December 30, 2006 § Leave a comment
By design or not, an hour and a half into a special 20/20 feature on the “evolution of images” via new media, a special report broke the flow to announce the execution of Saddam Hussein. There was a slight broadcast delay while all affiliates synchronized, during which time a picture of Saddam Hussein, the voice of a translator echoing from behind, momentarily collided with the regular broadcast. For a few fleeting seconds Paris Hilton and Saddam Hussein jostled next to one another while a screen counter ticked off the moments to allow stations to switch over. If one was to imagine a kind of white noise preceding the end of the world, this is what it might look and sound like.
The 20/20 special was a spectacle of everything from YouTube to the pleasure Americans take in watching “real crime” unfold on video shot on camera phones, surveillance systems, and small personal digital devices — the delight in seeing something “unfold as if through a keyhole,” as one “expert” described it. During one sequence that seemingly aspired to be an “analysis” of the percolating phenomena of new media images on the web, the issues surrounding “going viral” and the “obliteration of privacy” were alluded to. Going viral refers to the rapid proliferation of images and video now made possible through the web and personal communication networking.
On the dangling heels of “going viral” was a discussion of the diminishing state of privacy and how “young people today no longer value privacy in the way previous generations have.” A ridiculously inane and airy observation as there ever was, and, of course, no one bothered to attempt a nuanced definition of what exactly we might mean by privacy. Moreover, none of the well-coiffed slightly tilted talking heads on camera dared talk about the violation of privacy at the governmental level. Still, I found the whole mess fascinating. Particularly because the whole business finally coalesced into a schizophrenic montage of our collective “symptom” when white noise, Hussein, the voice over, and Paris Hilton all crowded onto my screen for a moment. Snow Crash. Then a return to mediated order.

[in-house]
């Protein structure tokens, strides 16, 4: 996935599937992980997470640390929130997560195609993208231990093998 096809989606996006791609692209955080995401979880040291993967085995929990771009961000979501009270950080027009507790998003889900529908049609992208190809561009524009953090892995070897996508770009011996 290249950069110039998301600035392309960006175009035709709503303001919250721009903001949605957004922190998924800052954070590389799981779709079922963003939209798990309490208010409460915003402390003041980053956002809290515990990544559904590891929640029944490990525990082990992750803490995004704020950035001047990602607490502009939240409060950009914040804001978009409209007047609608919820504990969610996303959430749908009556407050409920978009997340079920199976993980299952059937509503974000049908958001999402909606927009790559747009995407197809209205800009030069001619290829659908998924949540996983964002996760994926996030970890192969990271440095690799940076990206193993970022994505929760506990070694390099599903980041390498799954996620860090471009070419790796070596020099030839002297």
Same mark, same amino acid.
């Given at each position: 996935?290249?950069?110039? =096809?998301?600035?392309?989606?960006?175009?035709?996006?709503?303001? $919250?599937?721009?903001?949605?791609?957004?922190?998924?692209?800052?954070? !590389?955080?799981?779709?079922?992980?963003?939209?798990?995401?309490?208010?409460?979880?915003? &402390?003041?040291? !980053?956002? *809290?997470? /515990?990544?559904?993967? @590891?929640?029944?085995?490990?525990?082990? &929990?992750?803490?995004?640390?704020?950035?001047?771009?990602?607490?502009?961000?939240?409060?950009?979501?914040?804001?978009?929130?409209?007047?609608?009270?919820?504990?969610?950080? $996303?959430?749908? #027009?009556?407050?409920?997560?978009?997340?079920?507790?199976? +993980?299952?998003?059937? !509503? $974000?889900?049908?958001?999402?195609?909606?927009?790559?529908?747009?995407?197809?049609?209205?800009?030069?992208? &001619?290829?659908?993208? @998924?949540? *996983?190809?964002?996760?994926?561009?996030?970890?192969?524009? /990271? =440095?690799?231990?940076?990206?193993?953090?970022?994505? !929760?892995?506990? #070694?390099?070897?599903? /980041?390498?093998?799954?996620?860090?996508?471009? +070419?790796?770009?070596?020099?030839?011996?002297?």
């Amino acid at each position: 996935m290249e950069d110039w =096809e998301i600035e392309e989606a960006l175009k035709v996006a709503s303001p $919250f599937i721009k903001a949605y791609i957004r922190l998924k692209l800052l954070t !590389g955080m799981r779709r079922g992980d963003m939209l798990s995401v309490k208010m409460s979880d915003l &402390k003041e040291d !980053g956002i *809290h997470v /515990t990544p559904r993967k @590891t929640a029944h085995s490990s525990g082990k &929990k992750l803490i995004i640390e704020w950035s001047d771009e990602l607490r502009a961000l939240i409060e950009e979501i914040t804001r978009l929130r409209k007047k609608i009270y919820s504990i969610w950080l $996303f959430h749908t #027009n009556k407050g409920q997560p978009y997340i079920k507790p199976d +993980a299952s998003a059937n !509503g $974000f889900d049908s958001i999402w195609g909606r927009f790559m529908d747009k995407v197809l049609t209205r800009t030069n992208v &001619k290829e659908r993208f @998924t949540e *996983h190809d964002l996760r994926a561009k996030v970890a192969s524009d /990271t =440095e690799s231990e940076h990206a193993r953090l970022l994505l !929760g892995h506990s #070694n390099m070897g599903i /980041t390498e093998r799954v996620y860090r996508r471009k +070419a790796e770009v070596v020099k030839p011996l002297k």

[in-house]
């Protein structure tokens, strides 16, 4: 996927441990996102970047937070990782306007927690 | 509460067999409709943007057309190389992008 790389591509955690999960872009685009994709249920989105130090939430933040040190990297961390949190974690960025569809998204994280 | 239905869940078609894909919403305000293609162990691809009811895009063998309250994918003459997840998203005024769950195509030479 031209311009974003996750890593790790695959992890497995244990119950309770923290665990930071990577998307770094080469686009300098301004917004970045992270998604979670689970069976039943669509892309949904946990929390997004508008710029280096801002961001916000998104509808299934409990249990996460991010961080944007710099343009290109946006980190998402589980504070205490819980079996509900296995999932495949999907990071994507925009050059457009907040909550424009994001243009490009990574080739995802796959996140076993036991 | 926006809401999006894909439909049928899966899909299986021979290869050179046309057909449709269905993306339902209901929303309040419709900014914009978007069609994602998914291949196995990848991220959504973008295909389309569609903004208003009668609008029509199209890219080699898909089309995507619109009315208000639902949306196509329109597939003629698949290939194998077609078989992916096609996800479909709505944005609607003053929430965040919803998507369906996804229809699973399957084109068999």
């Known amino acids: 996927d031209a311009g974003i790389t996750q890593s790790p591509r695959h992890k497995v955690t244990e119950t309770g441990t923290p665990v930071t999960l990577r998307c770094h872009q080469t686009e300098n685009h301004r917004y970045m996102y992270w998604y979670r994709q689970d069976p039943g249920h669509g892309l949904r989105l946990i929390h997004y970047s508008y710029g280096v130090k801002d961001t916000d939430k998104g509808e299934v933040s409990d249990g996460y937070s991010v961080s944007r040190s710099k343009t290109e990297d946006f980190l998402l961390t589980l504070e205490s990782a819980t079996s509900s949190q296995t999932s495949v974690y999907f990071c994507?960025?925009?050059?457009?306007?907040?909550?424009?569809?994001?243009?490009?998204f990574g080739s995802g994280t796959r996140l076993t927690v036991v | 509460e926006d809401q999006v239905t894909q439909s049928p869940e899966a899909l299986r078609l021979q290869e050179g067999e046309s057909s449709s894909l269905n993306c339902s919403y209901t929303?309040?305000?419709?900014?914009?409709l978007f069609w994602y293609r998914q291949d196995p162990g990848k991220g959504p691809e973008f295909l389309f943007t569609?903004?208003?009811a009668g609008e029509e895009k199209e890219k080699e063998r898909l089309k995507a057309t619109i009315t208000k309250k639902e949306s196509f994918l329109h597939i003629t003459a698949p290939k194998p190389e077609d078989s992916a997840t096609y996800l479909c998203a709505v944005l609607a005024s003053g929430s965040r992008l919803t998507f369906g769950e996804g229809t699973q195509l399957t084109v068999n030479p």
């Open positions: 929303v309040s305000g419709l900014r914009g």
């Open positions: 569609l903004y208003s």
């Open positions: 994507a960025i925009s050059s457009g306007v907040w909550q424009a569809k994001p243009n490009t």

In “War, Terrorism, and Spectacle:On Towers and Caves” Sam Weber makes the following observation:
“But violence in the United States has generally been
portrayed, if not always perpetrated, as a private affair, done either by desperate
or deranged individuals, or against desperate or deranged individuals.
Violence tends to be individualized or, better, privatized, as with the Mafia
and ‘‘organized crime,’’ and thus understood as an extension of individuals,
of the family, or of private groups. This is the violence that is demonstrated
from morning to evening on the broadcast media, from the reports
of mayhem on the highways that accompany the morning news (at least in
Los Angeles!) to the incessant series of murders and killings that make up
the not-so-new ‘nightly news.'”
Privacy may be taking a turn, as 20/20 tells us, but violence is not. Indeed, violence is more “public” than ever, though privately relayed. If privacy is re-framing itself, it is in the form of the spectacle; as a remediated, viral, and re-disseminated image — a fast-moving “commodity ruling over all lived experience.”
The possibilities are endless — and here, I think, there is real potential for new media to re-make our engagement with an embodied experience of “going viral.”
What if we were made to look at that momentary Snow Crash on my screen for three straight weeks — a moment where we were confronted with the anamorphosis of Paris Hilton, Hussein, and a the ticking off of time? What if this was the iteration we could expect as an “image” of the events that unfolded on December 30th? An image that crowded our over-indulgence and gendered voyeurism right up against the dangling heels of a dictator, and the failure of foreign (public) policy?
My fear and sad expectation is that instead we will hear and see over and over again in the days to come a virus of another sort. Can we all imagine ourselves collectively kneeled before the keyhole?
“Wait a minute, Juanita. Make up your mind. This Snow Crash thing– is it a virus, a drug, or a religion?” Juanita shrugs. “What’s the difference?” (Snow Crash, 1992)